The Conservation Alliance for Seafood Solutions released today updated guidelines for fisheries that want to improve their environmental performance so they can sell to customers seeking more sustainable seafood options. The guidelines define the types of fishery improvement projects, or FIPs, members of the Conservation Alliance will consider recommending to their business partners for participation or seafood sourcing.

The Conservation Alliance also announced the development of a new website that will be a one-stop shop for information about FIPs that meet basic minimum requirements. The Conservation Alliance FIP tracking website will be a comprehensive, public online database that makes information about fishery improvement projects accessible to conservation groups, suppliers, and retailers so that they can publicly track FIP progress and make informed sourcing decisions.

“The Conservation Alliance guidelines have been invaluable in our efforts to create fishery improvement projects in fisheries we source from,” said Adriana Sanchez, sustainability coordinator with Sea Delight. “Now the new tracking website will be an excellent tool for communicating the progress that FIPs are making and connecting them with more buyers for their products.”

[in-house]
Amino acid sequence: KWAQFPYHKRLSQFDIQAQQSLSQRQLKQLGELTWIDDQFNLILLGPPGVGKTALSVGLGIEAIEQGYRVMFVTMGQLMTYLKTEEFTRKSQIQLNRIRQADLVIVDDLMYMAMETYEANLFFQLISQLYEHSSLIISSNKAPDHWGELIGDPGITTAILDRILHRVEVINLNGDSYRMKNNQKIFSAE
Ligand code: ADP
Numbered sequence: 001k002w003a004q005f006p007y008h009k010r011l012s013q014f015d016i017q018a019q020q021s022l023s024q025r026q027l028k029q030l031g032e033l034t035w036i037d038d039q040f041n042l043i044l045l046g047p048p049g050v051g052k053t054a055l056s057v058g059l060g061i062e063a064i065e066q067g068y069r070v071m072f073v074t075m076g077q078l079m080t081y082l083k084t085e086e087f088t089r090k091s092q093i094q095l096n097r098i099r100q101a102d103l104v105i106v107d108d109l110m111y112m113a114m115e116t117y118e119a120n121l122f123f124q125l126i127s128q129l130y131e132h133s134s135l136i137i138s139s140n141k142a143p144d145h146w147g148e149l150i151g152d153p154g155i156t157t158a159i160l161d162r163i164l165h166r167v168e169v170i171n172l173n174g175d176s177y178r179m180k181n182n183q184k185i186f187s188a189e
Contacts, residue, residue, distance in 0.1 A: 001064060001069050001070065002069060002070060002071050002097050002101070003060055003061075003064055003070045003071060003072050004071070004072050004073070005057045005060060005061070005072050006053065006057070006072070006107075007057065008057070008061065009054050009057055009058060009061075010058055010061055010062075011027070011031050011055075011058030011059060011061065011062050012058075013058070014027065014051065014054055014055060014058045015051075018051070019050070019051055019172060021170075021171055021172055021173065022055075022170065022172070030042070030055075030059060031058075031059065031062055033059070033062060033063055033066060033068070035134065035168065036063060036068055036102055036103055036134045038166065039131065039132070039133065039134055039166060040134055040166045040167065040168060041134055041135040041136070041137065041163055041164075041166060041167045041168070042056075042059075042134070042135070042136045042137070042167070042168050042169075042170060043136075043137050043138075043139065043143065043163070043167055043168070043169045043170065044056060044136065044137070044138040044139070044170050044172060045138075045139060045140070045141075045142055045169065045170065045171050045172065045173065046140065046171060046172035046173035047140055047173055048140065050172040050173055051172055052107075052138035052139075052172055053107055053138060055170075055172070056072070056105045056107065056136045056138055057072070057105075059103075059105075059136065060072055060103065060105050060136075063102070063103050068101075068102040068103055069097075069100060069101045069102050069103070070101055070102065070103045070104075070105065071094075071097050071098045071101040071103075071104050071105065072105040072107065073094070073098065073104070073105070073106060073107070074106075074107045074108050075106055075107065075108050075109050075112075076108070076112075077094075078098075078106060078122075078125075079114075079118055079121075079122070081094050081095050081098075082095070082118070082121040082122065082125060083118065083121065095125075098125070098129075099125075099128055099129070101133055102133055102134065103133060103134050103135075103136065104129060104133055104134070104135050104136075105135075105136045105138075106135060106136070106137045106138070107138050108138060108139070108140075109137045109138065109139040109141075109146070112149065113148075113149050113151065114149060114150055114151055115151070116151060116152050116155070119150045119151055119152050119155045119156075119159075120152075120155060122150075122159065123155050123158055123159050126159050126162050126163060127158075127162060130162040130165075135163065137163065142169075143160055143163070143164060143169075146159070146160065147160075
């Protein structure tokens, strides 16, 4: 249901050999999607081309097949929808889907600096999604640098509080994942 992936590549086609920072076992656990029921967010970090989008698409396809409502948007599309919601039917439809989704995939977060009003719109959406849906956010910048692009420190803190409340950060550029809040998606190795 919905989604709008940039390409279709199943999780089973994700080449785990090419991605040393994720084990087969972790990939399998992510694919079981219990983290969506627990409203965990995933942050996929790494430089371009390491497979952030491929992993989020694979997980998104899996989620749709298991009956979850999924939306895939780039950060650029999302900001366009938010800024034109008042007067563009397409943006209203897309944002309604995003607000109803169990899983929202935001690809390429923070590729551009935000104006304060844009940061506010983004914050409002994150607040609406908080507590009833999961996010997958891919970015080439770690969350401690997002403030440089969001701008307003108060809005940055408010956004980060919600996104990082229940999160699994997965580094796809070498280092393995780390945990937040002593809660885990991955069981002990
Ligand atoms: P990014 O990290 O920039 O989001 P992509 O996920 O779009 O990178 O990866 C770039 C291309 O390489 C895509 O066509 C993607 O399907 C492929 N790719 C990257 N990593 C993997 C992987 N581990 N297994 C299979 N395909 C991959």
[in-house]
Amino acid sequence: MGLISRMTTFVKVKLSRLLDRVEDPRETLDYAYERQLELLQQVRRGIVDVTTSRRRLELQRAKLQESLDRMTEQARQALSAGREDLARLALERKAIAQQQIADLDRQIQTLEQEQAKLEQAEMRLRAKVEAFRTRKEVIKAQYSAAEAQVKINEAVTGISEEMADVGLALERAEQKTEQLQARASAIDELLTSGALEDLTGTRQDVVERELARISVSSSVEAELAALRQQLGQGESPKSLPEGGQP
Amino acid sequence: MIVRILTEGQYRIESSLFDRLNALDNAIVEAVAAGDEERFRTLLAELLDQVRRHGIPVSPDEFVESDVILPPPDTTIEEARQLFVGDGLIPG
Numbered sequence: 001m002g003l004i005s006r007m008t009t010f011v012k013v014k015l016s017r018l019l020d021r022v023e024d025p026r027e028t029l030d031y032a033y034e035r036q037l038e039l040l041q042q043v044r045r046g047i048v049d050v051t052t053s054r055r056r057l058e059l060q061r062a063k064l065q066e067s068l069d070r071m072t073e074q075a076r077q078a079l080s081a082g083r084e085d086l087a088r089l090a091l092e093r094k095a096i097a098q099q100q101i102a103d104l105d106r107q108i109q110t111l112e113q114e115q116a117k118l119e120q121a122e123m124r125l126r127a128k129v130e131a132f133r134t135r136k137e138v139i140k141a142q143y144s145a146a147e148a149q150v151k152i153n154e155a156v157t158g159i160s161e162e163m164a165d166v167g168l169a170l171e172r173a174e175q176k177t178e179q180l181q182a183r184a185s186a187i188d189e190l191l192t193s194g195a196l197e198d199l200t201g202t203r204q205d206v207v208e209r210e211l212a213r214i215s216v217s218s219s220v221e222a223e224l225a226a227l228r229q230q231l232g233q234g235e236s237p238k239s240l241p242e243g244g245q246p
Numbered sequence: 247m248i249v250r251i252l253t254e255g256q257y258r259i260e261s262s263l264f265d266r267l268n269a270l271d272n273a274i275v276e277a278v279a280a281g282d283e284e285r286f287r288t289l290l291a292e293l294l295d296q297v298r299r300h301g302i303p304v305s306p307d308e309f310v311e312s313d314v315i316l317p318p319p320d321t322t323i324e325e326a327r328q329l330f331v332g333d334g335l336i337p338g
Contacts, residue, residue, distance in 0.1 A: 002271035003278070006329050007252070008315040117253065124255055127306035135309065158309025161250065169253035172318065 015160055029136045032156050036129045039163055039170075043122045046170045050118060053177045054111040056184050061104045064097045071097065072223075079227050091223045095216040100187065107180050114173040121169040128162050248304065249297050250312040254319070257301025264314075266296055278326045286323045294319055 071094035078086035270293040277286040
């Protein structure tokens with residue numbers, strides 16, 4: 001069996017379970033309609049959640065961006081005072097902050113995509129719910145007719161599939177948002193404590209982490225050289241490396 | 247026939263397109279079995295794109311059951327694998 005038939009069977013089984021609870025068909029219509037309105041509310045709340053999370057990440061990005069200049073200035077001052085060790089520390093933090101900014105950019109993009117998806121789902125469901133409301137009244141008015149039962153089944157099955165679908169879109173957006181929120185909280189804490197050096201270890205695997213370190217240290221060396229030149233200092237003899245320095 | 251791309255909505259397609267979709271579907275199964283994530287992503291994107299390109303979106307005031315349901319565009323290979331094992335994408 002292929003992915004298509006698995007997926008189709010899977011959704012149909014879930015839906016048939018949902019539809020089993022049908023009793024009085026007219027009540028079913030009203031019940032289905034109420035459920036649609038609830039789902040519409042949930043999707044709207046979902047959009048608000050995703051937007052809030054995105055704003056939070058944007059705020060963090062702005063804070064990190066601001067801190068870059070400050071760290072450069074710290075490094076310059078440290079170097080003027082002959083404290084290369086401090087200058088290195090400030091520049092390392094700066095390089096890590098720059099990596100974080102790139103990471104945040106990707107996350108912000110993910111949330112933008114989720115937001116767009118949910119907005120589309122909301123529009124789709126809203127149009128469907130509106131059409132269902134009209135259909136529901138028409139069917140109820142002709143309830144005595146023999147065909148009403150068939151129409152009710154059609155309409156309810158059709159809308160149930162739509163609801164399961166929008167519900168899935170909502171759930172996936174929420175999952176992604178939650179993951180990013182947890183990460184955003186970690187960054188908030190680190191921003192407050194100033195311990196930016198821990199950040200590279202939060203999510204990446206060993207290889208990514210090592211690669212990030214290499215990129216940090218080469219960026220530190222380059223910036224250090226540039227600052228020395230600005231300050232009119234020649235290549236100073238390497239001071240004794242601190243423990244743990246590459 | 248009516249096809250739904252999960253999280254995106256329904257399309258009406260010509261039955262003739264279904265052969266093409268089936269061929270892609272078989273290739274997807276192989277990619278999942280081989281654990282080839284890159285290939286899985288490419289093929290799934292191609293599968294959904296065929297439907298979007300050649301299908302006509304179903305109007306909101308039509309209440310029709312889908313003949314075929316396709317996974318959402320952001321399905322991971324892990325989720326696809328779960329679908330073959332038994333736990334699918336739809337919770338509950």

The updated guidelines introduce two distinct categories of fishery improvement projects. Basic fishery improvement projects are a good entry point for fisheries to begin addressing specific environmental challenges to improve their performance against the Marine Stewardship Council standard. Comprehensive fishery improvement projects aim to address all challenges necessary to achieve a level of performance consistent with an unconditional pass of the MSC standard. The two categories allow the Conservation Alliance and industry to meet fisheries where they are along a journey toward sustainability and more easily distinguish between different types of FIPs.

“These new tools will help us better meet the needs of our business partners so that they can support fisheries that are making crucial improvements in their environmental performance,” said Jennifer Dianto Kemmerly, director of Monterey Bay Aquarium’s Seafood Watch program, on behalf of the Conservation Alliance.

The Conservation Alliance released its original set of FIP guidelines in 2012 and updated them this year based on feedback from the Conservation Alliance community, seafood industry, and fishery stakeholders. The new guidelines reflect advances in the fishery improvement project landscape during the past two years.

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The Conservation Alliance for Seafood Solutions connects 20 leading conservation groups that work with businesses representing more than 80 percent of the North American grocery and food service markets. We work together to solve sustainable seafood’s biggest challenges so that oceans and the businesses that depend on them can thrive. Visit seafoodsolutns.wpengine.com to learn more.